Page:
3 Simple Tips for Building Your Own Charcuterie Board
Class up your next gathering with a well-crafted charcuterie platter.
By Dave Zucker
Nothing says, "I am a grown adult with my life put together," more than breaking out a fine meat and cheese plate at your next soiree. Little secret: It's actually not that hard to put one together. Follow these easy guidelines and you'll be the toast of your next, well, toast.
Don't worry, there's no trip to Home Depot in your future. However it is worth investing in some decent materials when building your party platter. While you certainly can lay your spread on a regular plate or cutting board, dedicated platters look much nicer and come in a variety of materials. "Wood has natural antibacterial properties, but can be scratched and marred easily," says Stacey Penlon, owner of Beacon Pantry. "Slate is beautiful and easy to clean and the contrast between the dark slate and the cheese can be striking." Both are fairly inexpensive and will last for years with proper care.
Cutlery is the next major consideration. Cheese knives can often appear elaborate or ornately designed with hooks and holes, but those fine details actually serve physical purposes. Knives featuring holes throughout their spines are intended for cutting through softer cheeses; by reducing the surface area of the blade, there is less for the cheese to stick to. Knives with hooks on their tips, meanwhile, can be used to spear and pick up slices of harder cheese.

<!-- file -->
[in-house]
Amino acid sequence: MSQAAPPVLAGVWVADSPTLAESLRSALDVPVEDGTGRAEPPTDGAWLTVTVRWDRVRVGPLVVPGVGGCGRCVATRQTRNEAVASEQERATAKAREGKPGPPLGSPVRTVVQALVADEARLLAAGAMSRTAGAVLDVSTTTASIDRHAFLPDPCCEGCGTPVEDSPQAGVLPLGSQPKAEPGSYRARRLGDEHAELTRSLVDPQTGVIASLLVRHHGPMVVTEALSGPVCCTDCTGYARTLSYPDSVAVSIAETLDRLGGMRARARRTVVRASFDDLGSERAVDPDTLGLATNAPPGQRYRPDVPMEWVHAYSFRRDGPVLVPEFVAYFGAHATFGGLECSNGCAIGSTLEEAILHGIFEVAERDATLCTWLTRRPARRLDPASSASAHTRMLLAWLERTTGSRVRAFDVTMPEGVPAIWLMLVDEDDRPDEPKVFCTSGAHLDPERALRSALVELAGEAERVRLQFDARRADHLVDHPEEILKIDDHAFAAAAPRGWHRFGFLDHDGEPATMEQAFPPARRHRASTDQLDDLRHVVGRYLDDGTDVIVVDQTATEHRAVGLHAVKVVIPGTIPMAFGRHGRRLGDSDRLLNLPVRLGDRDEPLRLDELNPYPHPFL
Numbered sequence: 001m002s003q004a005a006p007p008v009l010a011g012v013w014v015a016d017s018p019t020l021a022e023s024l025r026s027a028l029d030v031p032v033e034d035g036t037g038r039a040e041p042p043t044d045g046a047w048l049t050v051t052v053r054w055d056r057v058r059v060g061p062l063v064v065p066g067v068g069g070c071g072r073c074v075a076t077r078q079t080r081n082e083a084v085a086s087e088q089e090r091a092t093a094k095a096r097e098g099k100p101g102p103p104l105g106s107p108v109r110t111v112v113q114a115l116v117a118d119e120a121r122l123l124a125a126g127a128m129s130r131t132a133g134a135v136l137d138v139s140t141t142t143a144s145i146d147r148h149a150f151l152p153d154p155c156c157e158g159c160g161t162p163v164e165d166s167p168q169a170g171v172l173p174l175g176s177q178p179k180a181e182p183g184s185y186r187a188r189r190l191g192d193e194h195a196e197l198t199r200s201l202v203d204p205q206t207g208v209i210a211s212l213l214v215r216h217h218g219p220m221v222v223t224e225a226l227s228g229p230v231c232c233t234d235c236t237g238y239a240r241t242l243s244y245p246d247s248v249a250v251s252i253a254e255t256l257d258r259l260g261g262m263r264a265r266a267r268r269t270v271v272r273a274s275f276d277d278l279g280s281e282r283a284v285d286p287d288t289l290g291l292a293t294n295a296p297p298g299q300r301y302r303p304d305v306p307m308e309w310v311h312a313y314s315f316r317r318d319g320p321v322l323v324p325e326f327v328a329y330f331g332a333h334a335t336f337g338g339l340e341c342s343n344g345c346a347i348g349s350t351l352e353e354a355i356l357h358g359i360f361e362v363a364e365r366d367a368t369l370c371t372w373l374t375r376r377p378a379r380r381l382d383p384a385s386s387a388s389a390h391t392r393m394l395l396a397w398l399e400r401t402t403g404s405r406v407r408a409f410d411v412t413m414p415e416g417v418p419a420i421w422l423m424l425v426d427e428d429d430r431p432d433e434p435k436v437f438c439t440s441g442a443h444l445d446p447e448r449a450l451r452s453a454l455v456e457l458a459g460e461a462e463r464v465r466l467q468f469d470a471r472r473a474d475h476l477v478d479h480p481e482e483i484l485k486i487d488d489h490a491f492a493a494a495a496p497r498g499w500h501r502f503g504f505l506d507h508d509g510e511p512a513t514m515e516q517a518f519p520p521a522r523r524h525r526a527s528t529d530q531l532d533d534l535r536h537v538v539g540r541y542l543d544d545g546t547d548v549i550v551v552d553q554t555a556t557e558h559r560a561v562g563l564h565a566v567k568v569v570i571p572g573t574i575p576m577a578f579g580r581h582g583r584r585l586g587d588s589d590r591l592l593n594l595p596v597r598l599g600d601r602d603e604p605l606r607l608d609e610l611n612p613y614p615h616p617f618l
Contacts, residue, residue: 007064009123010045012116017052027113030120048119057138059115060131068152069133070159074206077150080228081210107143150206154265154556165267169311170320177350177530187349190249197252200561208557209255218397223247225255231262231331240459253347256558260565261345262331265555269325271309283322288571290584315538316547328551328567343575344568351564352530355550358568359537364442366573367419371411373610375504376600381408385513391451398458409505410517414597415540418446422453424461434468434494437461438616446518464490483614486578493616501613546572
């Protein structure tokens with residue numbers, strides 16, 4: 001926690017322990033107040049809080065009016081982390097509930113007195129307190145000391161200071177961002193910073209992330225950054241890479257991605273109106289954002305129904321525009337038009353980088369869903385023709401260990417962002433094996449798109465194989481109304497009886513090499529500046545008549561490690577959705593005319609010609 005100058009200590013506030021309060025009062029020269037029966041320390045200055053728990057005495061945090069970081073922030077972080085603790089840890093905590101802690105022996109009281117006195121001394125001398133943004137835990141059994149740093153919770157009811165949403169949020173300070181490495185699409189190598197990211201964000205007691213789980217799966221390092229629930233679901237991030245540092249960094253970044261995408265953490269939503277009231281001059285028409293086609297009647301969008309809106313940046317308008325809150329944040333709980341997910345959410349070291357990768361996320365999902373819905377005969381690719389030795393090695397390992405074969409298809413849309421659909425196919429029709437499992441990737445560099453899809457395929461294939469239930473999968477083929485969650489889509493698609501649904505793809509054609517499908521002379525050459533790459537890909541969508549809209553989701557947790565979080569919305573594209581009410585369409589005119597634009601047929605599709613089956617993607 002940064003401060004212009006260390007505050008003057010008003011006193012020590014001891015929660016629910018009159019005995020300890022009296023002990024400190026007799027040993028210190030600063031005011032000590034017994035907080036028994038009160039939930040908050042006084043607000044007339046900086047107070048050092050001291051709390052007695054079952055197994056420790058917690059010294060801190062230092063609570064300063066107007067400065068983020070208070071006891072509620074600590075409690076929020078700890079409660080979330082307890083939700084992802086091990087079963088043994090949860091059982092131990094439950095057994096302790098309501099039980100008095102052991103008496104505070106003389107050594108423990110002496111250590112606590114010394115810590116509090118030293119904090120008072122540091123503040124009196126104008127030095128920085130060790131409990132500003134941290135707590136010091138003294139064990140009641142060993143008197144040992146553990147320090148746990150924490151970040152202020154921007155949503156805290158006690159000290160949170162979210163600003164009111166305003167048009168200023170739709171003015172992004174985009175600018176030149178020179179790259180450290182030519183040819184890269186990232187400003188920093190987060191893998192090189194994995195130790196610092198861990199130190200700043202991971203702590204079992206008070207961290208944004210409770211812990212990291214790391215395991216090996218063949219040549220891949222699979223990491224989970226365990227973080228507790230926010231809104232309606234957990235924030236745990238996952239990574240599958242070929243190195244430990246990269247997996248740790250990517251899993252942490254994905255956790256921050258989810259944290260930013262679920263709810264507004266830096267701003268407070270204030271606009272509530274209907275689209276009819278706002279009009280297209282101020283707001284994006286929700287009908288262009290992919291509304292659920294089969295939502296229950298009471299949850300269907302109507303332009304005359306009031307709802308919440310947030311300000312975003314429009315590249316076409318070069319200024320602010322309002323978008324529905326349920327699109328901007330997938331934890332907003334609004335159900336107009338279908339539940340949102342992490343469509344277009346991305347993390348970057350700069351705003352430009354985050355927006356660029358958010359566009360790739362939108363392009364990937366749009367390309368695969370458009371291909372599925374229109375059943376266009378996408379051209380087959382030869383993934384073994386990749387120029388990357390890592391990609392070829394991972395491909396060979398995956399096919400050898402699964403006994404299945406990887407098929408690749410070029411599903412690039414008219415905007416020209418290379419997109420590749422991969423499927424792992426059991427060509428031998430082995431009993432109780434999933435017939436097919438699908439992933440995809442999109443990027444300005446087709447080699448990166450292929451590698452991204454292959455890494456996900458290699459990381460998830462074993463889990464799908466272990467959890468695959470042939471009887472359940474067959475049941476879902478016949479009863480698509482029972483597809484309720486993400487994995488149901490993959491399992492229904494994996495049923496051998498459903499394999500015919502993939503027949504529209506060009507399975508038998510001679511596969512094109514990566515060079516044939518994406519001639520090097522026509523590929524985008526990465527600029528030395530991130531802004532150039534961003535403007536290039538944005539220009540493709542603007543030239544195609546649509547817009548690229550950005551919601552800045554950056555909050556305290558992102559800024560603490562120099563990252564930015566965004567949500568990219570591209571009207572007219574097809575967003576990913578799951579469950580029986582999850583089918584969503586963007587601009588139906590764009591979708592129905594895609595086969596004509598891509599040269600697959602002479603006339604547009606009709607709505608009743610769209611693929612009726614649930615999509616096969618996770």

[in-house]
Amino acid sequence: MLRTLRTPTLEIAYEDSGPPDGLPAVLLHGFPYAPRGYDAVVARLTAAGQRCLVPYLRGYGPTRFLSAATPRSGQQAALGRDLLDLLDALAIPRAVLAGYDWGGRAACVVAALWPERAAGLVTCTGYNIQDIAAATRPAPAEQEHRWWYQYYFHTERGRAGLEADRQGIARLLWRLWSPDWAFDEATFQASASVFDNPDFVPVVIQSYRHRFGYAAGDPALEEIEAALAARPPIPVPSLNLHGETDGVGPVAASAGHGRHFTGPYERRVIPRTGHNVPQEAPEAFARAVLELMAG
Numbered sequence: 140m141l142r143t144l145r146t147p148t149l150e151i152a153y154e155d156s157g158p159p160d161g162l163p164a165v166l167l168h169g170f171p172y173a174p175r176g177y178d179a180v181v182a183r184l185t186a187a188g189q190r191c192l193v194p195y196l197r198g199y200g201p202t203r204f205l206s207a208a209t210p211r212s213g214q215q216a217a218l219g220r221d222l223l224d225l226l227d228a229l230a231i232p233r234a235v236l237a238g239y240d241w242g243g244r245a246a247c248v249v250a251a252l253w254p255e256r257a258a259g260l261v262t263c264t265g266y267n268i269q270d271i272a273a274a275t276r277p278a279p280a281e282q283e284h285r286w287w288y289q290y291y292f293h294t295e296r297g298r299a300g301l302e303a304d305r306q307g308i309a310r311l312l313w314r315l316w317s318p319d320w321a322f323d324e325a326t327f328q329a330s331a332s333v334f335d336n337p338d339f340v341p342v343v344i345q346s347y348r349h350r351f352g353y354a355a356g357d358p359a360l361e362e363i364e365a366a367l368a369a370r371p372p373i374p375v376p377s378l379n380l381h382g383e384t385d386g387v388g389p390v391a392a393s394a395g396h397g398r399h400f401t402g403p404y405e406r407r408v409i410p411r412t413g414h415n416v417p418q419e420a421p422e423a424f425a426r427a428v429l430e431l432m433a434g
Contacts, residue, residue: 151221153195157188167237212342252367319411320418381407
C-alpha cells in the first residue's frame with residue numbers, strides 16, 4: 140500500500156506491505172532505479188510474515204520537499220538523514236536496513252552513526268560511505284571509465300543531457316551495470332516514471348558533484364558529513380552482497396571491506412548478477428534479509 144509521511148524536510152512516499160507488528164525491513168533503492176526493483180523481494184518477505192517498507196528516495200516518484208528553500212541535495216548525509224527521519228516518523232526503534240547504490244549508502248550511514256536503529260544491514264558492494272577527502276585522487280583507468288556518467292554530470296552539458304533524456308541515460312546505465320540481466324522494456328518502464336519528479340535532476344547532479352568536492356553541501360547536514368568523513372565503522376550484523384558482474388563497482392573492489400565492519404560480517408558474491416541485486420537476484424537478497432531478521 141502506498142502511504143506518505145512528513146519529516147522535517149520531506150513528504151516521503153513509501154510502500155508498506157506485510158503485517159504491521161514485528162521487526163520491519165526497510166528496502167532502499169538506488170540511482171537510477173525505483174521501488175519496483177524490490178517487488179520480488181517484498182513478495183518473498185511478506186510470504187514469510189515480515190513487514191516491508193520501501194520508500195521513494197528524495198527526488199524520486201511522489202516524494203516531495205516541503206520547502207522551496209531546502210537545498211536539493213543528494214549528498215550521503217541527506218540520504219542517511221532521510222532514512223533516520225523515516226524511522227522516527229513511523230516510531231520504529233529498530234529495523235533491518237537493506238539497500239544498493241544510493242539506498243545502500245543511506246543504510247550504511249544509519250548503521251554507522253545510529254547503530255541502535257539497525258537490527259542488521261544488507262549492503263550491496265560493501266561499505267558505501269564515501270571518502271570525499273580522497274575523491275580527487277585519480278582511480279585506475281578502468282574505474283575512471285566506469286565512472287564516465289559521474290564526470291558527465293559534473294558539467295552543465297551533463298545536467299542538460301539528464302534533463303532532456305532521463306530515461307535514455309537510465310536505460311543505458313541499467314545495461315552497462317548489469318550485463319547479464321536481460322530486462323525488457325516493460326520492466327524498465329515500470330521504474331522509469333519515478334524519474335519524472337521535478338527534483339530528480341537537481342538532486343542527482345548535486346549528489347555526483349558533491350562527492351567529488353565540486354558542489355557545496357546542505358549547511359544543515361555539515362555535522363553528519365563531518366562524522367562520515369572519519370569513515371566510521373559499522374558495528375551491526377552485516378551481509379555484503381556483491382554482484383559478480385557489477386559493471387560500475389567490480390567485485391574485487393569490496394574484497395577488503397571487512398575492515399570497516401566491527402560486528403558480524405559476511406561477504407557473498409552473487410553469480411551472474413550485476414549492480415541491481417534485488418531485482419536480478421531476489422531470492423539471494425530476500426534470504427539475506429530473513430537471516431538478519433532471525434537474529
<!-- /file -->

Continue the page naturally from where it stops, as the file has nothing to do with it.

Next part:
Start by building a flavor palate
If you're painting a living room, you want colors that complement each other and your belongings. Similarly, you want your charcuterie to have some kind of unifying profile. If it doesn't work to have a green wall next to a pink rug and a brown sofa, odds are it won't work to put out a French brie with Spanish olives and a California rosé.
Penlon gives an example of a good, solid pairing: "If a guest wants to try Spanish cheeses, we would likely pair them with serrano ham and perhaps add some marcona almonds and quince paste to round out the flavors."
A good board is going to have a wide array of flavors and textures. The easiest way to start is by making sure that you have at least one soft cheese and one hard, and one softer, whole-muscle meat (like a Prosciutto) and one harder, cured meat like sopressata or a salumi. You can then add things like pickles, olives, or even mustard spreads, which have sharp, acidic flavors that act as an excellent palate cleanser for rich cheeses and fatty meats like pâté. Sweet notes like honey, jams, and dried or fresh fruits lend a similar balance to saltier cheeses such as blue cheese.
After pairing a perfect meat and cheese platter, it would be a shame to ruin it with the wrong drink. Luckily, Penlon is willing to share a little more wisdom:
"There are definitely some classic pairings, such as brie and Champagne or Stilton and Port. Generally white wines are easier to drink with cheese than red wines as the tannins in red wine tend to clash with some cheeses, particularly soft cheeses. A good all-around wine for cheese is a dry or semidry Riesling. Choosing a wine from the same region as the cheese is often a good starting point."
Non-oenophiles will be happy to learn these same principles translate nicely when selecting beers and hard ciders, as those flavor pairings also tend to work very well with both cured meats and cheeses.